The recent release of Energy Star requirements for servers may have coaxed a collective sigh of relief from datacenter operators who've felt the pressure to cut energy waste. The well-known Energy Star symbol, after all, is associated with energy efficiency. Thus, having that familiar logo stamped on a server might suggest it will deliver equal or better performance than its non-Energy Star rivals while consuming less electricity.
Unfortunately, the new Energy Star requirements for servers have enough shortcomings that they are unsuitable to be primary criteria for the purchase of new hardware equipment. That's not to say they have no value whatsoever; as observed by Subodh Bapat, vice president of energy efficiency and distinguished engineer at Sun, they are "a good first step."
A bit of background: These new Energy Star server requirements for servers have been under development for about a year and a half. The EPA drew on feedback from stakeholders, such as server vendors (including Sun), to hammer out the final requirements released late last week. In a nutshell, the criteria were limited to machines with one to four sockets and at least one hard drive. Additionally, blades weren't included, though the EPA said requirements for those should be out in a couple of months.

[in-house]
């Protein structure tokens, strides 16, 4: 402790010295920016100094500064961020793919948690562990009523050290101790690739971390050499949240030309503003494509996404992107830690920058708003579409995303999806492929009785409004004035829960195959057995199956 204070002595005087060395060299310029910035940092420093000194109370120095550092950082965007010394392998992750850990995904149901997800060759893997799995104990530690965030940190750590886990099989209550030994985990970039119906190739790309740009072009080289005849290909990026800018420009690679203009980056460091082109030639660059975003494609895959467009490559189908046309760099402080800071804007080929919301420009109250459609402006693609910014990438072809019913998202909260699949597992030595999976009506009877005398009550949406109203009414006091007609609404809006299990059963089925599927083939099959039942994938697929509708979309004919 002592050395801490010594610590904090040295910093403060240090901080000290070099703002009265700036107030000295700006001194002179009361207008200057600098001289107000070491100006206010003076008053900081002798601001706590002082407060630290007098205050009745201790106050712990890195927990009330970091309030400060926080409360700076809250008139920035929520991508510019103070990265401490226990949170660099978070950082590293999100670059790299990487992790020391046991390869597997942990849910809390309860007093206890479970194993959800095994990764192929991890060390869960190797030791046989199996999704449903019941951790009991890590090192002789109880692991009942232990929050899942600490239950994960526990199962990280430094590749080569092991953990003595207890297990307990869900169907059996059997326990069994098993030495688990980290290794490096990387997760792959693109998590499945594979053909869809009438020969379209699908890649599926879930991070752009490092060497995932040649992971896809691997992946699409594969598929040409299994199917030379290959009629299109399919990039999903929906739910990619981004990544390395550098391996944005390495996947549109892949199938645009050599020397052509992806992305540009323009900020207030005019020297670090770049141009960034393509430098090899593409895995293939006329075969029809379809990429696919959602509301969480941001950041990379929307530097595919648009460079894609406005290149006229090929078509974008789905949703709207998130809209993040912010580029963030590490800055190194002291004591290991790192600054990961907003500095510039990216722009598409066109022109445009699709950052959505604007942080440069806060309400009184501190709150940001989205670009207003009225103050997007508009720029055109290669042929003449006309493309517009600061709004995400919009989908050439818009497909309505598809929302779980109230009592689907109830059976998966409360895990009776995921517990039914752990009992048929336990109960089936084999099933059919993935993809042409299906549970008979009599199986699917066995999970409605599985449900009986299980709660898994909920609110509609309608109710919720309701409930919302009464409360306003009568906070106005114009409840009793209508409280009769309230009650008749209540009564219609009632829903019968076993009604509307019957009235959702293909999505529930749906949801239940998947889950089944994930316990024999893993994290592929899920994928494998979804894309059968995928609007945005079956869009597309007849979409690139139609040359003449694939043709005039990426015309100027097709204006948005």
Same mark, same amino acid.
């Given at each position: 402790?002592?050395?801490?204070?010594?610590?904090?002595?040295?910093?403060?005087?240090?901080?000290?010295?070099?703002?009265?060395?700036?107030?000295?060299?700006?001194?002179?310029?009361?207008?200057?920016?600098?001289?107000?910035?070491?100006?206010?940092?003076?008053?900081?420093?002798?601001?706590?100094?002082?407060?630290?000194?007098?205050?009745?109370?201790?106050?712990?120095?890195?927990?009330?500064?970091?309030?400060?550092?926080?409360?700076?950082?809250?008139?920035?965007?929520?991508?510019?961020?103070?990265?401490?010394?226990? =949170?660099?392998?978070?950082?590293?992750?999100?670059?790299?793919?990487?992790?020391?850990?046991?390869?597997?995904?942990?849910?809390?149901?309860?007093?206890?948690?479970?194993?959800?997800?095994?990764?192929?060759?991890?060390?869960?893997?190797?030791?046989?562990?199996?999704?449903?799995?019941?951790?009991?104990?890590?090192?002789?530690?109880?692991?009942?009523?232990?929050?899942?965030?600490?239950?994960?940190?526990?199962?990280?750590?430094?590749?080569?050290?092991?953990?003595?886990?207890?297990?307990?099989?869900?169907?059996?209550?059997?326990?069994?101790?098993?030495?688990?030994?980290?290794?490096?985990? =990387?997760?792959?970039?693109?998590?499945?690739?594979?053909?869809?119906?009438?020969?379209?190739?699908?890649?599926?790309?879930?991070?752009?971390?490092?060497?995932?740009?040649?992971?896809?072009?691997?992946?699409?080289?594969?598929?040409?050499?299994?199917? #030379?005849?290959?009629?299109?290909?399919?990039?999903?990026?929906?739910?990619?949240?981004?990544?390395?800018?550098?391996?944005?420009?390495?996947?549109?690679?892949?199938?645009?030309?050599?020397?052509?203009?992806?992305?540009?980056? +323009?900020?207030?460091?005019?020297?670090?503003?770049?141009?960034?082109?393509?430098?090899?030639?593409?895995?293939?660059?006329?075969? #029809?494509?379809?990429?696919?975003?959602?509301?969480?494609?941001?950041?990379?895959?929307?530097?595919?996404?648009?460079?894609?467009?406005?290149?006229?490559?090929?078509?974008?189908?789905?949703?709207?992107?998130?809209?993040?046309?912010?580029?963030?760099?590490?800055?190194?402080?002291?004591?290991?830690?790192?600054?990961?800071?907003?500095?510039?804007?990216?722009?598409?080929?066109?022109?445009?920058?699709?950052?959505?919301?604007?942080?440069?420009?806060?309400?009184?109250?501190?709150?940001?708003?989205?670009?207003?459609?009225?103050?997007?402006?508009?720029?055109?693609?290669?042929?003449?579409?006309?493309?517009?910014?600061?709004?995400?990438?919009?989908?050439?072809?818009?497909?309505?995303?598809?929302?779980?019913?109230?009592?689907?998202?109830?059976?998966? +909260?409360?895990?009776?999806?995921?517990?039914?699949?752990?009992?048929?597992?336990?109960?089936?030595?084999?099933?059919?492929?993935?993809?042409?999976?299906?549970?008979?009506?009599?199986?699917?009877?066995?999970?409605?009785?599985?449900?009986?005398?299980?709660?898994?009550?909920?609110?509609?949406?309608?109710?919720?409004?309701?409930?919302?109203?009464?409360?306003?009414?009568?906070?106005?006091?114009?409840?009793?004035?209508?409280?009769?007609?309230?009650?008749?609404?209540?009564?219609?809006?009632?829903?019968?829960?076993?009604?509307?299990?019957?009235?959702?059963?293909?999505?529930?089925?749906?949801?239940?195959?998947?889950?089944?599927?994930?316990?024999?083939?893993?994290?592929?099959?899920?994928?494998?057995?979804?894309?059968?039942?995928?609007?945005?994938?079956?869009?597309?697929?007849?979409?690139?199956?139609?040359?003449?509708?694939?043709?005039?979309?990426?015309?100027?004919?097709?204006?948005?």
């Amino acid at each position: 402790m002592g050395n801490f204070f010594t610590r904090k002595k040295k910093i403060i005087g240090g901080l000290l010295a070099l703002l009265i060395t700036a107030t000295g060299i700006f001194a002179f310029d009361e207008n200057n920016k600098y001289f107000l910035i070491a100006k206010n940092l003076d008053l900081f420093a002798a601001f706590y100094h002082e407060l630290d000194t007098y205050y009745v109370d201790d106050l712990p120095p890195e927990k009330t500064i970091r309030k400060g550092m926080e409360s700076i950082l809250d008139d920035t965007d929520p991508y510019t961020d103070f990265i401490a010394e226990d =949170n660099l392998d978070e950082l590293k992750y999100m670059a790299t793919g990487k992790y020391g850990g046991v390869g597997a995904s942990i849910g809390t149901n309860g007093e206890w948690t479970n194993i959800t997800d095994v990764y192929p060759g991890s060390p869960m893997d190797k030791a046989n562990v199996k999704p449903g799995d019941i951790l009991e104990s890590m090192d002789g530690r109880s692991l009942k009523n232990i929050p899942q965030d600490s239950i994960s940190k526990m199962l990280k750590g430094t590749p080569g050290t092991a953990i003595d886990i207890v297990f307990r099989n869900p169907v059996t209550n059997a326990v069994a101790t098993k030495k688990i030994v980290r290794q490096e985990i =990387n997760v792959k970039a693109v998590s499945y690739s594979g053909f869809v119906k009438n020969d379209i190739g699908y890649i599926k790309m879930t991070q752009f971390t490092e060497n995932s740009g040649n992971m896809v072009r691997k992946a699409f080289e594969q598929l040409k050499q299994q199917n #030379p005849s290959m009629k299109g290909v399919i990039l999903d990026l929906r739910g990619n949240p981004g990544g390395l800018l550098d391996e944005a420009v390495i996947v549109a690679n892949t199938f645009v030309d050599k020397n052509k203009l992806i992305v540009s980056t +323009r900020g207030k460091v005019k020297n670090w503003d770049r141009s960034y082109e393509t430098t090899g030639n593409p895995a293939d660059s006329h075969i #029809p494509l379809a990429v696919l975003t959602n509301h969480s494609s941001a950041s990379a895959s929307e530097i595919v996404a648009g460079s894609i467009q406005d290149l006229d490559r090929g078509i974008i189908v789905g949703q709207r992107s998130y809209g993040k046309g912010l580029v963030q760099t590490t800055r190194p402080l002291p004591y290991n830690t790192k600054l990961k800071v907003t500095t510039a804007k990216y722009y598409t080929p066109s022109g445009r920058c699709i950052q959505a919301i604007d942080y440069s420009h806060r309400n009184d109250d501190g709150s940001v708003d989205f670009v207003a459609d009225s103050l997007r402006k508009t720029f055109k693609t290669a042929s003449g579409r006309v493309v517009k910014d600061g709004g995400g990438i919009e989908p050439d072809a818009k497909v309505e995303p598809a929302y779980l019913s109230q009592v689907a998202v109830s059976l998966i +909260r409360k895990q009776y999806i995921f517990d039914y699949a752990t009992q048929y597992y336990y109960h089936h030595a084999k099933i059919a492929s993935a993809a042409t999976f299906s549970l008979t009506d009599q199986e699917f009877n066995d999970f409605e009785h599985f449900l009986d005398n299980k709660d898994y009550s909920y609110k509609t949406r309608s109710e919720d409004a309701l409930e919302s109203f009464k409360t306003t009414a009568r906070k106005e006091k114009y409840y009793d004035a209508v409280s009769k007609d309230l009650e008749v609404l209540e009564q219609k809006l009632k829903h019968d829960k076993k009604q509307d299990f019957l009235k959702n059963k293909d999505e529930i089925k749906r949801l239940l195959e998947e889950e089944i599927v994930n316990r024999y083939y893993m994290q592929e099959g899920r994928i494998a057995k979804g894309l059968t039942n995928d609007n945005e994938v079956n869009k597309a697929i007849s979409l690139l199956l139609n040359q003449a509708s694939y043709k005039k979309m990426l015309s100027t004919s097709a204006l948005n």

Idle servers are the devil's tools
So what's wrong with the new Energy Star criteria? Perhaps the most significant drawback is that a qualifying server need only demonstrate energy efficiency when it's in idle -- that is, powered on but doing no work.
To better illustrate the problem, imagine you're at a used car lot where a shifty salesperson is trying to push you to buy an SUV. His selling point: "This baby uses the same amount of fuel as a hybrid sedan -- when you're not moving."
You probably wouldn't be too impressed by this fact, as you likely intend to spend more time driving your car when it's turned on, rather than idling at stop signs or in the driveway. Thus, you want to know how many miles per gallon the vehicle gets in the city and on the freeway.
Now back to the Energy Star server requirements: As I noted, they consider only how much electricity a server consumes when it's on but doing no work. Granted, underutilized servers abound in the datacenter, so server power consumption at idle is relevant. However, datacenter operators are becoming increasingly aware of the problem. Organizations are tracking down underutilized machines and employing virtualization to get as much performance per watt as possible from their hardware. Others are dabbling in powering down servers entirely when they're not in use. In short, weighing energy consumption at idle merely scratches the surface of a server's overall power usage.
[ Virtualization was a key tool for reducing energy consumption among 2009 InfoWorld Green 15 winners. ]
Ideally, the Energy Star spec for servers would consider server performance per watt (the equivalent of miles per gallon in cars) at various levels of server utilization: X processes per watt at 25 percent utilization, Y processes per watt at 50 percent utilization, Z processes per watt at 75 percent utilization, and so on.